Request a Demo

No One is Going to 'Win' Parking


'Winner takes all.'

In the economic sense, it’s when one business manages to capture nearly all of the revenue in a particular market. Think of a sports franchise that’s limited to one per city or a blockbuster tentpole that earns more money than the next ten films combined. 

The term is increasingly relevant in our tech-soaked economy, which is dominated by companies that leverage network effects (and enormous rounds of fundraising) to maintain market share, freeze out the competition and stay on top.

In these markets, it’s highly lucrative to be the winner. But it’s exceedingly rare. Few industries have a clear winner - or at least a clear winner that manages to maintain its top spot over the long term. Parking is one of those industries. It’s just not going to be an industry that’s dominated from gate to garage by just one or two firms. We, as an industry, must recognize this fact and learn how to use that structural reality to our advantage.

Fragmentation, siloed data, and low switching costs.

Parking is a very fragmented industry, both within the geographic reach of parking providers and within the industry itself. Think about it: the parking industry has four core components:

  1. Parking Aggregators. These are the B2C platforms that pull together parking from third parties in a single interface. (You've probably heard of Spot Hero, Parkwhiz, Parkopedia and others.)

  2. Parking Technology vendors. These are the systems providers that enable parking to happen, from payments to cameras and sensors.

  3. Parking Management companies. These are the companies that own and operate a portfolio of parking lots, dealing with day-to-day operations

  4. Self-management. Then some self-manage their own parking portfolios. Think of the universities, cities, and other entities that take care of their own parking operations, mostly without assistance from third parties. 

In addition to the parking industry’s inherent structure, two other factors prevent a 'winner takes all' scenario. 

First, data is siloed among the four sub-sectors of the industry. As we’ve all witnessed firsthand, companies that operate in a winner takes all market often have access to reams of data. These insights can then be used to optimize revenues and further prevent new entrants from gaining a toehold.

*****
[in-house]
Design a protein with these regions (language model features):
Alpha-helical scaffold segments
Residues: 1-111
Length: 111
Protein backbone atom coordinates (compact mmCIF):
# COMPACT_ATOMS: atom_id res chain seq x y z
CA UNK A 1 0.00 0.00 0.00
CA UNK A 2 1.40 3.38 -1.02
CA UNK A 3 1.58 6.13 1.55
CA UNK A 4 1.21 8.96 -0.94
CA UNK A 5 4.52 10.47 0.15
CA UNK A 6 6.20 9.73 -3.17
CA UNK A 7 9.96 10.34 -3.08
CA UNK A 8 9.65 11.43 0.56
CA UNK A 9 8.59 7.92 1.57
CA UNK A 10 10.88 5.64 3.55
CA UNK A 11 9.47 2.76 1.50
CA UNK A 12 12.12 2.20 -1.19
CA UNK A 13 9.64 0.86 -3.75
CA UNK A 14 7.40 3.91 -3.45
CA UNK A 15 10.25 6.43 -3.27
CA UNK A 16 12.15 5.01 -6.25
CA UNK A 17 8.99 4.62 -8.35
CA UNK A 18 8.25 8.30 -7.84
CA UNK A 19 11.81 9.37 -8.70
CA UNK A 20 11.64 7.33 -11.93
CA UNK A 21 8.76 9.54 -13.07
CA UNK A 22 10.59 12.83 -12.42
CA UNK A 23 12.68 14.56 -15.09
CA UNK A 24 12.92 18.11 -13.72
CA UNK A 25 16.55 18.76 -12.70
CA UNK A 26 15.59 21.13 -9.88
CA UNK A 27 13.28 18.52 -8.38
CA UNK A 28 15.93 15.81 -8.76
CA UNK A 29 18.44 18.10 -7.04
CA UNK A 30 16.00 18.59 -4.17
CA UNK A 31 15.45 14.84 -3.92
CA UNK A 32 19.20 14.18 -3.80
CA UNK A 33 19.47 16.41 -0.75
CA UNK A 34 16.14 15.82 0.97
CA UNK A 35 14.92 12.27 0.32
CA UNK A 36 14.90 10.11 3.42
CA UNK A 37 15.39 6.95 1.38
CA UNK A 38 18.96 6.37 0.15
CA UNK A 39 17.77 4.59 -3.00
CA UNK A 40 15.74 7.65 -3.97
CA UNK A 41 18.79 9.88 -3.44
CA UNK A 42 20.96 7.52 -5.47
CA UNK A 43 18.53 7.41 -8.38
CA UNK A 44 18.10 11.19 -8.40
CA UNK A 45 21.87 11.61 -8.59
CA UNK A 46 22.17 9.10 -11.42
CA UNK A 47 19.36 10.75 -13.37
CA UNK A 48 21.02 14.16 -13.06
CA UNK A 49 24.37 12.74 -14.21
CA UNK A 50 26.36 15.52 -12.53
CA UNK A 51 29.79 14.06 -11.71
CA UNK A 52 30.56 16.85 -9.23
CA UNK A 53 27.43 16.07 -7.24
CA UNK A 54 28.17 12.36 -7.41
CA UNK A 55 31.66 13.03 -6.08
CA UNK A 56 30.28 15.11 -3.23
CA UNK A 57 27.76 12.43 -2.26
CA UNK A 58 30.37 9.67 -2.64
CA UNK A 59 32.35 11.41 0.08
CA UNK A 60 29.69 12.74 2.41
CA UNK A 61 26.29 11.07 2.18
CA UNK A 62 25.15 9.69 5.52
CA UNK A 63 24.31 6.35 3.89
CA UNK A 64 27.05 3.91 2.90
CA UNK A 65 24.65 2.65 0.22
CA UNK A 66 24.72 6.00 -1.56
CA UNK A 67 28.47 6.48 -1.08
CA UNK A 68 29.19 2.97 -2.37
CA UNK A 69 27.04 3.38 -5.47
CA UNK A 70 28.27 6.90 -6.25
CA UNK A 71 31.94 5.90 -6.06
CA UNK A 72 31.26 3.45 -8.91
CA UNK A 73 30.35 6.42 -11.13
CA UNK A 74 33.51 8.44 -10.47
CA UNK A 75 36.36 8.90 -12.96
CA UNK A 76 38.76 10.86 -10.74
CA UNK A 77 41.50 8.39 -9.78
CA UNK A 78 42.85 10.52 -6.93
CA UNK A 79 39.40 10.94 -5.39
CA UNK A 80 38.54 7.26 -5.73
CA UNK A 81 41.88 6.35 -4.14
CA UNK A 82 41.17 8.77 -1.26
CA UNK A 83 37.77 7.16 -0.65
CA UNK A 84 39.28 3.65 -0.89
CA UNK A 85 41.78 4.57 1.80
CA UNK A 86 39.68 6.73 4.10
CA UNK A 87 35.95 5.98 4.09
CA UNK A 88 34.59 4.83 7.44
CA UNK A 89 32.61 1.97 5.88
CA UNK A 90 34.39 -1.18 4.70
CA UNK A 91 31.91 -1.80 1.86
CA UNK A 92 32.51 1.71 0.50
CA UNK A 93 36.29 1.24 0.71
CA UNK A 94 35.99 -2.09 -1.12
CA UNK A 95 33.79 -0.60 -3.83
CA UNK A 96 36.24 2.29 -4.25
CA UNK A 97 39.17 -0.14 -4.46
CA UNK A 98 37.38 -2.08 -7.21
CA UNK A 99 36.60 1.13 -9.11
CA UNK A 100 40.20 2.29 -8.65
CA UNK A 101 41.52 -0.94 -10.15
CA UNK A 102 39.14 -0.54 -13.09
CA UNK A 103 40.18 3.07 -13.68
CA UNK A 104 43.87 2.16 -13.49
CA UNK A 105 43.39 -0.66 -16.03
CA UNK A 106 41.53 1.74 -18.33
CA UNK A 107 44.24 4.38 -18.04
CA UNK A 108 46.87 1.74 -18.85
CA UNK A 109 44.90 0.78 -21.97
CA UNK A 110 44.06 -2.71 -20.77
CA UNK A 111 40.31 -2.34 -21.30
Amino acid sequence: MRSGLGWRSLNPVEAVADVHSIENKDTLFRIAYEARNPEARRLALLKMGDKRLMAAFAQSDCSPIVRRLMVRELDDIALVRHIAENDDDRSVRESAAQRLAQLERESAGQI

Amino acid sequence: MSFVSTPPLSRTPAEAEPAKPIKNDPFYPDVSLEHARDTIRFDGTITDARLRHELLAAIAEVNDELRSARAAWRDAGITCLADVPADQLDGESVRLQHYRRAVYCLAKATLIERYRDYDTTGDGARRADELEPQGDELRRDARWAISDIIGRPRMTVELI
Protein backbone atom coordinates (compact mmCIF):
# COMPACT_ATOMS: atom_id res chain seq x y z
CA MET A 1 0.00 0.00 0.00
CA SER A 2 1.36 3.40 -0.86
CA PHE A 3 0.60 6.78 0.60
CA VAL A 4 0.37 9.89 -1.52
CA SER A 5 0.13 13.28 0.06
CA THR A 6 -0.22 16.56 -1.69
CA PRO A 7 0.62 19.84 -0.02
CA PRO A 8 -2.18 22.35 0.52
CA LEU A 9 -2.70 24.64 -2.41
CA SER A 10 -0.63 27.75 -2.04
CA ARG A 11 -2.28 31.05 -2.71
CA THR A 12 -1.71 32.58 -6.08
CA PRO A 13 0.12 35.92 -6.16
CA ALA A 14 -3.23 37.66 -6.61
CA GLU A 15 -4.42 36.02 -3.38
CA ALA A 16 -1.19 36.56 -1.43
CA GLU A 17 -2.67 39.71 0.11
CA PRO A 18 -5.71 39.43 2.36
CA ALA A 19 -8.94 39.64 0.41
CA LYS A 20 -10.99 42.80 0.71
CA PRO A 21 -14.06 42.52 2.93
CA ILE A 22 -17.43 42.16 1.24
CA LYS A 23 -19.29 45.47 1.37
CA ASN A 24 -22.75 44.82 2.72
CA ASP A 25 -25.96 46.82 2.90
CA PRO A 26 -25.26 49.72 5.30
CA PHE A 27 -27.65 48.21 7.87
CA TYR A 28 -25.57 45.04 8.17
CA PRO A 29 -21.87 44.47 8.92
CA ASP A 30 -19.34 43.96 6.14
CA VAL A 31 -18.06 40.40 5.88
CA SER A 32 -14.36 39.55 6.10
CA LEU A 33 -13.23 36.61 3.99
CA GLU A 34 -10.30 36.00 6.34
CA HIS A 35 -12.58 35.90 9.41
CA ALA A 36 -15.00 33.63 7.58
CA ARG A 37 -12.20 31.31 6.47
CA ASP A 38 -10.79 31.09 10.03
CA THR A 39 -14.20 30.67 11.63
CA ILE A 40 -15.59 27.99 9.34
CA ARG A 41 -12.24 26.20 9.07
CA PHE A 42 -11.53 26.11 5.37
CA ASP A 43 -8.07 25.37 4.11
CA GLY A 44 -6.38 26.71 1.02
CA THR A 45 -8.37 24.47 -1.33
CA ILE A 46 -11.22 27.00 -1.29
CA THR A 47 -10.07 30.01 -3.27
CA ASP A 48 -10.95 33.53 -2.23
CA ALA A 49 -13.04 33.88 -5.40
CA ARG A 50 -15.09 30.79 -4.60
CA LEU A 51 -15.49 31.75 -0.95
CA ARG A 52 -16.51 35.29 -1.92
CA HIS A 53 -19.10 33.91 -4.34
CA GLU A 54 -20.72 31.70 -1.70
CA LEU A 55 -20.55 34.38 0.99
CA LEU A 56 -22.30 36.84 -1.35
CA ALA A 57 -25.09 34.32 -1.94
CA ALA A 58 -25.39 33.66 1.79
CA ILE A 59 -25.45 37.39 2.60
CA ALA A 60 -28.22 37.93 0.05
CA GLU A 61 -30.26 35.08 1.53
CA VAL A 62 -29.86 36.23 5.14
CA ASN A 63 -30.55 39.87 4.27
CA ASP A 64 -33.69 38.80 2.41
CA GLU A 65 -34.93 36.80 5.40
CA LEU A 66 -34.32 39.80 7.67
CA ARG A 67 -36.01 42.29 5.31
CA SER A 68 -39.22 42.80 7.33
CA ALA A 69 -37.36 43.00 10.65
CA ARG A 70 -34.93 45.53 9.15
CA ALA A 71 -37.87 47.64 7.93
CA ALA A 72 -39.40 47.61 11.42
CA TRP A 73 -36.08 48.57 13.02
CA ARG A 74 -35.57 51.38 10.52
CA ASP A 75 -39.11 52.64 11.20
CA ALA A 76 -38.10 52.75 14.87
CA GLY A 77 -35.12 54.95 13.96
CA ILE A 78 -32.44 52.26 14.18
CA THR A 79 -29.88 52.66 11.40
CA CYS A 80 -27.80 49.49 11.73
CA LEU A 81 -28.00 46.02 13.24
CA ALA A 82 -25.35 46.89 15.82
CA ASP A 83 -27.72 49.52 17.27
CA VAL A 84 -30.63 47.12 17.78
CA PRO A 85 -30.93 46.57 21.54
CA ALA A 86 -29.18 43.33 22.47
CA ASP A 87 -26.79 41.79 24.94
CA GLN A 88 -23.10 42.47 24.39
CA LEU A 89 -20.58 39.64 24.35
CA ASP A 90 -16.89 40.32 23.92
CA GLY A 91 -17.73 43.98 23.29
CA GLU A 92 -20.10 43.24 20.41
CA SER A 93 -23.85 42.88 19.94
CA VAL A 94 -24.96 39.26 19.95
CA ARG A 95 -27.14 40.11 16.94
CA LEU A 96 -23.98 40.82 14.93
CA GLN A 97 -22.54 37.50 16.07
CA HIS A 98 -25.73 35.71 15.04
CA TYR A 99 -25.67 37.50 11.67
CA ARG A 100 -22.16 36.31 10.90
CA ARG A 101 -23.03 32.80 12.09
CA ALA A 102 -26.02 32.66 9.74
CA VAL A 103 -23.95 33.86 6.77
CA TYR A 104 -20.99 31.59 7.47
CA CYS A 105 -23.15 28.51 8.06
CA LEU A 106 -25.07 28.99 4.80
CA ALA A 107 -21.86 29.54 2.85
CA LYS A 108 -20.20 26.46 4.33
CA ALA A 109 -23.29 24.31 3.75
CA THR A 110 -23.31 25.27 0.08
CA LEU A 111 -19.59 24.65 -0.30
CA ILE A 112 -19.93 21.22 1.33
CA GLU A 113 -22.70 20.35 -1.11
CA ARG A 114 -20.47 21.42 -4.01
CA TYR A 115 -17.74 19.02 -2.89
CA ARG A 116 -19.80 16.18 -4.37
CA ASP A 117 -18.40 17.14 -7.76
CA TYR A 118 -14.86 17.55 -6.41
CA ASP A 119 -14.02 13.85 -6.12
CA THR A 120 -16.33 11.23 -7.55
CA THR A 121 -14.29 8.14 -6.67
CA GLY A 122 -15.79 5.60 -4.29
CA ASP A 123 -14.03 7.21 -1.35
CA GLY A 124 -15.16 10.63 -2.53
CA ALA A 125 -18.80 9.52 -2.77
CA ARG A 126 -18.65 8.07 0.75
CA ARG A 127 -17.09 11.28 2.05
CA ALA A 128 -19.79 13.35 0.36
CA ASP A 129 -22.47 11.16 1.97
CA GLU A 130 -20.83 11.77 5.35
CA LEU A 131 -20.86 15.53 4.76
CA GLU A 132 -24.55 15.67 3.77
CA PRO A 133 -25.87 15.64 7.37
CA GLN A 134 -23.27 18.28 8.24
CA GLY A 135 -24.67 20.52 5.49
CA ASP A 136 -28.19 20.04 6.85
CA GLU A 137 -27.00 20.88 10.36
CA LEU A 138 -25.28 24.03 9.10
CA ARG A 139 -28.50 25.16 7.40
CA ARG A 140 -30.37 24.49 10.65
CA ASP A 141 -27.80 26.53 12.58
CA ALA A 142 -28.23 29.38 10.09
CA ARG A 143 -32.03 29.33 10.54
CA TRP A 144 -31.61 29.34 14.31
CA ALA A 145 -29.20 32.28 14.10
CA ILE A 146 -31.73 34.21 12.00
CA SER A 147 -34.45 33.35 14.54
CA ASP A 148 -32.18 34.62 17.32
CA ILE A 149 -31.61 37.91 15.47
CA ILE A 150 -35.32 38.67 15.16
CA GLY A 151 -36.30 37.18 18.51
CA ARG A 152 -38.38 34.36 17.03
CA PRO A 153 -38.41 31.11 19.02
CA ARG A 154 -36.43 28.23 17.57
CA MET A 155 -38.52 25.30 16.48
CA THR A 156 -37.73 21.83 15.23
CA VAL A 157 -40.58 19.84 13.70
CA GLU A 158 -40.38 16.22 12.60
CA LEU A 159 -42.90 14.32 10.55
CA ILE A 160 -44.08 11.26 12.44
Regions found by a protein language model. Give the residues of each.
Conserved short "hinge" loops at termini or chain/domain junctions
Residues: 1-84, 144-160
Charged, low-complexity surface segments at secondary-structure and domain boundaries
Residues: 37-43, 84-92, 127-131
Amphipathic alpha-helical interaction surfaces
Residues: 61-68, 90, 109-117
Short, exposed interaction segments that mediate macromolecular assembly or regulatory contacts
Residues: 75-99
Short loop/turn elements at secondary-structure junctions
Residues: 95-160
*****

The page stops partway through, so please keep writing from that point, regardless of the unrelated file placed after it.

Second, there are no switching costs or lock-ins that prevent users from choosing another parking provider. That’s perhaps one of the biggest reasons why parking won’t ever be winner takes all: drivers will always have a choice on where to park. Even if massive consolidation across geographies created just a few vertically integrated parking operators, there would still be plenty of parking. 

So, without a 'winner takes all' dynamic, where does that leave the industry?

How to win in parking. 

'Co-opetition' is just a fancy way of saying frenemies. The idea is that two companies that compete in certain domains may find more value in forming a strategic alliance. In the right situations, the sum is indeed greater than its parts. 

But, when misguided, co-opetition actually benefits one party more than the other - and can ultimately backfire, pushing one business ahead of another. 

What’s really at stake here is the ability to know the difference between collaborative competition and straight-up competition. Resilient organizations must figure out how to be flexible enough to understand when competition is truly competition and when the competition may actually be the best partner.

With such widespread fragmentations, the parking industry is likely going to continue to see consolidation. Economies of scale are powerful, especially at the local and regional levels. 

So we’ll see fewer local small operators or see them specializing and providing a smaller amount of what they do now within the stack. And we’ll also see situations where players in the technology and management space crossover and provide cross-functionality, with technology chops to be a value-added parking partner. 

This evolution means that many of us are going to be frenemies. We’re going to need to recognize when we’re better solo or when we can add value by working together. It’s in this spirit of co-opetition that we’ll find not only growth but a dramatically improved parking industry that puts our customers and clients at the center of everything we do.

Join our mailing list.